14 NASAâS ELEMENTARY AND SECONDARY EDUCATION PROGRAM BOX 1-1 Programs and Projects: Definitions Program is a group of projects that are guided by a common set of overarching goals and share similar target audiences. The NASA Office of Education has five programs: elementary and secondary education, higher education, e-education, informal education, and the Minority University Research Education Program (MUREP). Projects are the component parts of programs and include a set of activities that address the same specific measurable goals aimed at a specific audience. The seven projects that are the primary focus of this study make up the Elementary and Secondary Program in the Office of Education. In some cases, the formal name of a project includes the word âprogramâ: for example, the Aerospace Education Services Program. We have chosen to refer to these as projects for the sake of clarity because they are part of the Elementary and Secondary Program. scientific and exploration missions and interact with astronauts on the International Space Station. 6. The Educator Astronaut Project (EAP) includes the educator astro- naut recruitment and selection activities that guide the recruitment of a small number of qualified educators to join the Astronaut Corps. These teachers develop educational material related to their work as astronauts. A subset of teachers chosen through the selec- tion process, who do not join the Astronaut Corps, are selected to form the Network of Educator Astronaut Teachers. These teachers serve as NASA education advocates by engaging their schools and communities in NASA education activities. 7. The Interdisciplinary National Science Project Incorporating Research and Education Experience (INSPIRE), which is under development, is a three-tiered project designed to maximize student participation and involvement in STEM and to enhance the STEM pipeline from middle school through high school to the under- graduate college level. Recognizing that there are education activities related to K-12 educa- tion located outside of the Elementary and Secondary Program, the com- mittee initially considered including all NASA projects related to K-12.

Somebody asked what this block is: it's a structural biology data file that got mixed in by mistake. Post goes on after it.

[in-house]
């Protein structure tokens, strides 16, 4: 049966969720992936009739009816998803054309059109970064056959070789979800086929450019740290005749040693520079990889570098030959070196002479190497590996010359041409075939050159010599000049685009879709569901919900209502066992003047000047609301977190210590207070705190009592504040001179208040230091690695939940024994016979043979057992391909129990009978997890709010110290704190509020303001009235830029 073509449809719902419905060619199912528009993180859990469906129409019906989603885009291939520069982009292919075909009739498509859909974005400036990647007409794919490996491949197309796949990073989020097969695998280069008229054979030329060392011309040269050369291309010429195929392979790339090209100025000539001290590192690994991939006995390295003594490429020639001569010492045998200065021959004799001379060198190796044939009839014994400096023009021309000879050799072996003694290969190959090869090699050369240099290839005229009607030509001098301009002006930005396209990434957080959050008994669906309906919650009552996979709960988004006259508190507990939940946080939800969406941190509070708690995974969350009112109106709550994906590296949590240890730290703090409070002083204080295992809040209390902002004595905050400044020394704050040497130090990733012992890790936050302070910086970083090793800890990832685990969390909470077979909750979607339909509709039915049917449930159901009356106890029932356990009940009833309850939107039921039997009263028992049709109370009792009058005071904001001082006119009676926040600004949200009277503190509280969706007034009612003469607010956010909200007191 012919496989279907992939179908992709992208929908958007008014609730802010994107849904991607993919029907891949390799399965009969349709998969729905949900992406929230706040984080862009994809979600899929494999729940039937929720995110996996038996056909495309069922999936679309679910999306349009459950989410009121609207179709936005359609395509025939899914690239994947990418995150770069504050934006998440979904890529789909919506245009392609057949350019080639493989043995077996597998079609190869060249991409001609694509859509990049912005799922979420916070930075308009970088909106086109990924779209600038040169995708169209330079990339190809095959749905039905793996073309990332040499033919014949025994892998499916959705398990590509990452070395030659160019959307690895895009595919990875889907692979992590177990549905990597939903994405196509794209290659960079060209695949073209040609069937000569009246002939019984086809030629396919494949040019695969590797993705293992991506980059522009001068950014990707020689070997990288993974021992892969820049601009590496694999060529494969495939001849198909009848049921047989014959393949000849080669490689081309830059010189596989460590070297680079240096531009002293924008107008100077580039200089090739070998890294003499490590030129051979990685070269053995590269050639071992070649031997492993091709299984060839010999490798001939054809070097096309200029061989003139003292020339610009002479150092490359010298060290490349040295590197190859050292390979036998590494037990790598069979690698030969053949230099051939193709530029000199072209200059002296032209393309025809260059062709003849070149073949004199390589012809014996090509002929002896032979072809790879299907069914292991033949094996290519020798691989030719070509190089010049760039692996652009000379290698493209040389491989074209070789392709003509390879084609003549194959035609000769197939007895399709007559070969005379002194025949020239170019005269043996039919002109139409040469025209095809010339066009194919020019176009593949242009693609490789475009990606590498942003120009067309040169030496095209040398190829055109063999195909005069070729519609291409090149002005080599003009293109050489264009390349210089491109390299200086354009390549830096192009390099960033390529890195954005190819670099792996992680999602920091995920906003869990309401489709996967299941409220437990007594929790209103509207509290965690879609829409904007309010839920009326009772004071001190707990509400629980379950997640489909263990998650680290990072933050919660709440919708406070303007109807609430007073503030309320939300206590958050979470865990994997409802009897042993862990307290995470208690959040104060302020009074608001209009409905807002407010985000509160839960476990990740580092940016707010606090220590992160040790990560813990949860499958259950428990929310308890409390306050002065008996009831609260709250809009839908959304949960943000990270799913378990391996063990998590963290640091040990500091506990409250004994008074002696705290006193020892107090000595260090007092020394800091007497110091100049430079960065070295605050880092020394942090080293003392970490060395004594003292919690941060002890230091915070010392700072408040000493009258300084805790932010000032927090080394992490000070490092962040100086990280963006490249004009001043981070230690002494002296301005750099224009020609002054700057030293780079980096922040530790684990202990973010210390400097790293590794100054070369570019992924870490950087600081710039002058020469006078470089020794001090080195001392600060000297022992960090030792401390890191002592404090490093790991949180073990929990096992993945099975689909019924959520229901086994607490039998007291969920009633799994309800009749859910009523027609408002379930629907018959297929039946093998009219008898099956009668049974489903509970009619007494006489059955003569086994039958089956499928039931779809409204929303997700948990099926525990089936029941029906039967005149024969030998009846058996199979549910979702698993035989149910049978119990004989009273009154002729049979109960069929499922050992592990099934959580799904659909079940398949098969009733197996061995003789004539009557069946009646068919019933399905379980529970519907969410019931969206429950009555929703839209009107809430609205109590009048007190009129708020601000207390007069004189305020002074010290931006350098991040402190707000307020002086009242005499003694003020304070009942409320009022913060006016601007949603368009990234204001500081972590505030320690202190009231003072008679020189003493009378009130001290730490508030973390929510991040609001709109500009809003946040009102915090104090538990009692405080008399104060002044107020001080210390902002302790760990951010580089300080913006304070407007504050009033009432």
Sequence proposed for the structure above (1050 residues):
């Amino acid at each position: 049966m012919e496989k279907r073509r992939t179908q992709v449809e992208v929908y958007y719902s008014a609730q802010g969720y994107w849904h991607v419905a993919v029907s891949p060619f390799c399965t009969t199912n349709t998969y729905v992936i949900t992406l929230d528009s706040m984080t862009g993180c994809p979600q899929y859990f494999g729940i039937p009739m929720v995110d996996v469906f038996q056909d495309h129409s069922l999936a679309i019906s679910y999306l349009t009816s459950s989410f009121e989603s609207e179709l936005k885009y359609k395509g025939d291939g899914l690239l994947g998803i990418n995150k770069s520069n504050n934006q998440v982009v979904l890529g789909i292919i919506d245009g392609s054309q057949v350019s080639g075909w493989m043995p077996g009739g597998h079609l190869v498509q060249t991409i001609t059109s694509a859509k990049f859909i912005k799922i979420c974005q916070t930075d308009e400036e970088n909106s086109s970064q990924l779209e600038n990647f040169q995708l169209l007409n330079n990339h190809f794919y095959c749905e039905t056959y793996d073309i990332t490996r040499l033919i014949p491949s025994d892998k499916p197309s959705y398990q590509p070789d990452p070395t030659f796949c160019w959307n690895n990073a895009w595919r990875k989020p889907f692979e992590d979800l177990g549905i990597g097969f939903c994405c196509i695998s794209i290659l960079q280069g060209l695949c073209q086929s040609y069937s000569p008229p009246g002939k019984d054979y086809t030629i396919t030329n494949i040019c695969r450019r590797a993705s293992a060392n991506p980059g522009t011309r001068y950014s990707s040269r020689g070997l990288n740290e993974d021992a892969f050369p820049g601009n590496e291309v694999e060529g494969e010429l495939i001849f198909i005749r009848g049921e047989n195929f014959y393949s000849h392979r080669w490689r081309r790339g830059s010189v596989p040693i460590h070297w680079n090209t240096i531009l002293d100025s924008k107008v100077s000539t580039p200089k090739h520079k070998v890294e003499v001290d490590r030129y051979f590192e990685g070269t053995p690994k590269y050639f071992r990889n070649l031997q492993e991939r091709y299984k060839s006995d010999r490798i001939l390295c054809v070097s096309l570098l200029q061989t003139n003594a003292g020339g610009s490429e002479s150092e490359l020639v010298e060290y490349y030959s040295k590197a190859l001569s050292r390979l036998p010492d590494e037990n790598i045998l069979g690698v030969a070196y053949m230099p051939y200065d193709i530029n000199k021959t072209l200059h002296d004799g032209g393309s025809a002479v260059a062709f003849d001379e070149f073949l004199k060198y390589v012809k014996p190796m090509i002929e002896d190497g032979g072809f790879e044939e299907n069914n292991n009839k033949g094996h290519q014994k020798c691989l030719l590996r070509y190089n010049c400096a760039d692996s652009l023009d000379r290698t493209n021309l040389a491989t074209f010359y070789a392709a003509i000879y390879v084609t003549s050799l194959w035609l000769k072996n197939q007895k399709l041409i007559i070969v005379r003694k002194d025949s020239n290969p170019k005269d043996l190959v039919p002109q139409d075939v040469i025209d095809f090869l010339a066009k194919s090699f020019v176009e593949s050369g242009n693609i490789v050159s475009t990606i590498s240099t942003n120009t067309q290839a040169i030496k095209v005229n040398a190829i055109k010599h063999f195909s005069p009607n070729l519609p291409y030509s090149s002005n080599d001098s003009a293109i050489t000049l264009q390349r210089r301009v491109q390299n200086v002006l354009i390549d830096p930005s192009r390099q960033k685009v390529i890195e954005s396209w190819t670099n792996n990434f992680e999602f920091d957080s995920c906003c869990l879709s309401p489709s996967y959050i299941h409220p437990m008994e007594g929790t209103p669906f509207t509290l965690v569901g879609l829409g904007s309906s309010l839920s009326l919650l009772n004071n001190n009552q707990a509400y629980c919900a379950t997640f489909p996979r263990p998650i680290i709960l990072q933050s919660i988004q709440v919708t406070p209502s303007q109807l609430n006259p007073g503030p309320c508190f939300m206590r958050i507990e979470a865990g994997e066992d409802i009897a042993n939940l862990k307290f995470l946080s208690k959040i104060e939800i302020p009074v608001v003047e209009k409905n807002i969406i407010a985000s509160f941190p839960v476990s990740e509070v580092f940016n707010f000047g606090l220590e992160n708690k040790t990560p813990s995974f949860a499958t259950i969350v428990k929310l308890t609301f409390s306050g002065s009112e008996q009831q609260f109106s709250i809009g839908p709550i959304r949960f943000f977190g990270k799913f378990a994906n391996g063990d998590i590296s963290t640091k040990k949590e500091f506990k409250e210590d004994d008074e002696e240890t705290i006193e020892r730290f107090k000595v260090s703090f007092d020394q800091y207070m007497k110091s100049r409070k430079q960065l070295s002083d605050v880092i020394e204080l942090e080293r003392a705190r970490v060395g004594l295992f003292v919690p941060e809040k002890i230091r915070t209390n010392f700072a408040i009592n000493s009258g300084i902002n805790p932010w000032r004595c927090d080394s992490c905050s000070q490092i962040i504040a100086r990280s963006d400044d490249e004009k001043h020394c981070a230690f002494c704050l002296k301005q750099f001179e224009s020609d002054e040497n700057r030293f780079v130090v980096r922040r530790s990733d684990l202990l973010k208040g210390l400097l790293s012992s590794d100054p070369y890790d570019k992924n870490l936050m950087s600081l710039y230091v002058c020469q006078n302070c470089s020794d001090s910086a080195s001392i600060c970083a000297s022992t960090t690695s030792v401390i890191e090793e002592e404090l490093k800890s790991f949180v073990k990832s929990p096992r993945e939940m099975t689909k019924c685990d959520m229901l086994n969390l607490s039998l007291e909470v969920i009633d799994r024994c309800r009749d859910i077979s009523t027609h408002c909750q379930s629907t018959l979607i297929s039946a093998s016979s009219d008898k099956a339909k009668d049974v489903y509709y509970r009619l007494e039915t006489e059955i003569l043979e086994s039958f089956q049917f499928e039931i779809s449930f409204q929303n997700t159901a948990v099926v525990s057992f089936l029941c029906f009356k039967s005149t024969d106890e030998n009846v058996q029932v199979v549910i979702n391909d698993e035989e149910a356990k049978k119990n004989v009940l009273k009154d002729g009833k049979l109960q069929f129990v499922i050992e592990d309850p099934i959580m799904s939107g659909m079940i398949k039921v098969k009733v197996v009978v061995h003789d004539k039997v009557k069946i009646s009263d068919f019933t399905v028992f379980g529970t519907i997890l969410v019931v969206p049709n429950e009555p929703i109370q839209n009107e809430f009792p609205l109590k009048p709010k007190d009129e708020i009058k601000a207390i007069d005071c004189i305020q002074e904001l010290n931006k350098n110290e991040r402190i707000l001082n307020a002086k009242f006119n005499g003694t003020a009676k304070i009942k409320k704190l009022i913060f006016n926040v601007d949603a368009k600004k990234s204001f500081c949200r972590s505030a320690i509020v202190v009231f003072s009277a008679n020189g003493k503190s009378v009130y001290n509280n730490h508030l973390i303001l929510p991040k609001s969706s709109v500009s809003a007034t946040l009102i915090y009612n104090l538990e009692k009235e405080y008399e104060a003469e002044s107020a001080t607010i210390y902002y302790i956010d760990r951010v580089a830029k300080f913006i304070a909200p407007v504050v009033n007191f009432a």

INTRODUCTION 15 However, the preliminary information we collected confirmed that an all- inclusive and detailed review was impossible given time and budget con- straints. Thus, the committee carried out its charge to focus mainly on the seven core projects with recognition that they do not capture the full range of the agencyâs Kâ12 education activities. For comparison purposes the committee included some examination of K-12 education activities that are based in the Science Mission Directorate (SMD) and are not directly managed by the Elementary and Secondary Pro- gram However, due to the resources and timeline of the study, the exami- nation of these activities was necessarily more limited. The SMD has been especially active in developing education projects and materials. Over the course of this review, the committee discovered that in fiscal 2006, the SMD spent about the same amount of money on Kâ12 STEM education projects as the headquarters Office of Education. The SMDâs work is largely sepa- rate from the agencywide programs managed by the headquarters Office of Education. Thus, the committee considers the seven core projects in the context of the broader portfolio of Kâ12 education activities in NASA. The committee carried out its work through an iterative process of gathering information, analyzing and deliberating it, identifying gaps and questions, gathering additional information to fill these gaps, and carrying out further analysis and deliberations. The contractually determined time and resources for the study constrained the scope of the committeeâs review to existing documentation and discussions with NASA program and project staff. The committee did not carry out extensive original data collection. Because of these constraints, the study is best thought of as an expert review rather than a formal program evaluation. In its search for relevant information, the committee held three public fact-finding meetings; reviewed documents related to NASAâs Kâ12 educa- tion portfolio, such as budget requests, project evaluations, project plans, and other technical reports; and commissioned background papers. Over the first three meetings, the committee heard presentations and engaged in discussions with staff of the NASA Office of Education who are involved with Kâ12 education projects, as well as directors of educa- tion and outreach projects based in NASAâs SMD. The committee members were also briefed by people who had conducted evaluations of some specific NASA education projects. At the second meeting, in addition to presenta- tions about NASAâs projects, the committee explored the larger question of how federal science agencies can best engage in Kâ12 education activities, through a panel discussion among representatives from the Department of Energy, the National Oceanic and Atmospheric Administration, the National Institutes of Health, and the National Science Foundation. At the third meeting, the committee heard only from NASA staff affiliated with the Elementary and Secondary Program.